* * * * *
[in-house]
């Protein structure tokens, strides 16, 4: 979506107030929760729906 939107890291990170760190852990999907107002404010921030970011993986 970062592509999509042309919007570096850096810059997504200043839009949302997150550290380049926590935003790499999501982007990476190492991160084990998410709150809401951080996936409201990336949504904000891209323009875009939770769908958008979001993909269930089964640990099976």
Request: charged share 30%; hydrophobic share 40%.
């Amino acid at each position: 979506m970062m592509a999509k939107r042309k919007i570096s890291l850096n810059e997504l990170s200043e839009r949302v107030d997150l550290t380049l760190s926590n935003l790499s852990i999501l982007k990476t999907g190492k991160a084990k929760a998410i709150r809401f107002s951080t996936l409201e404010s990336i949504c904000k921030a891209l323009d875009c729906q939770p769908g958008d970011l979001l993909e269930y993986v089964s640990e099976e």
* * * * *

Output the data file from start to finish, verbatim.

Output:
[in-house]
């Protein structure tokens, strides 16, 4: 979506107030929760729906 939107890291990170760190852990999907107002404010921030970011993986 970062592509999509042309919007570096850096810059997504200043839009949302997150550290380049926590935003790499999501982007990476190492991160084990998410709150809401951080996936409201990336949504904000891209323009875009939770769908958008979001993909269930089964640990099976």
Request: charged share 30%; hydrophobic share 40%.
């Amino acid at each position: 979506m970062m592509a999509k939107r042309k919007i570096s890291l850096n810059e997504l990170s200043e839009r949302v107030d997150l550290t380049l760190s926590n935003l790499s852990i999501l982007k990476t999907g190492k991160a084990k929760a998410i709150r809401f107002s951080t996936l409201e404010s990336i949504c904000k921030a891209l323009d875009c729906q939770p769908g958008d970011l979001l993909e269930y993986v089964s640990e099976e």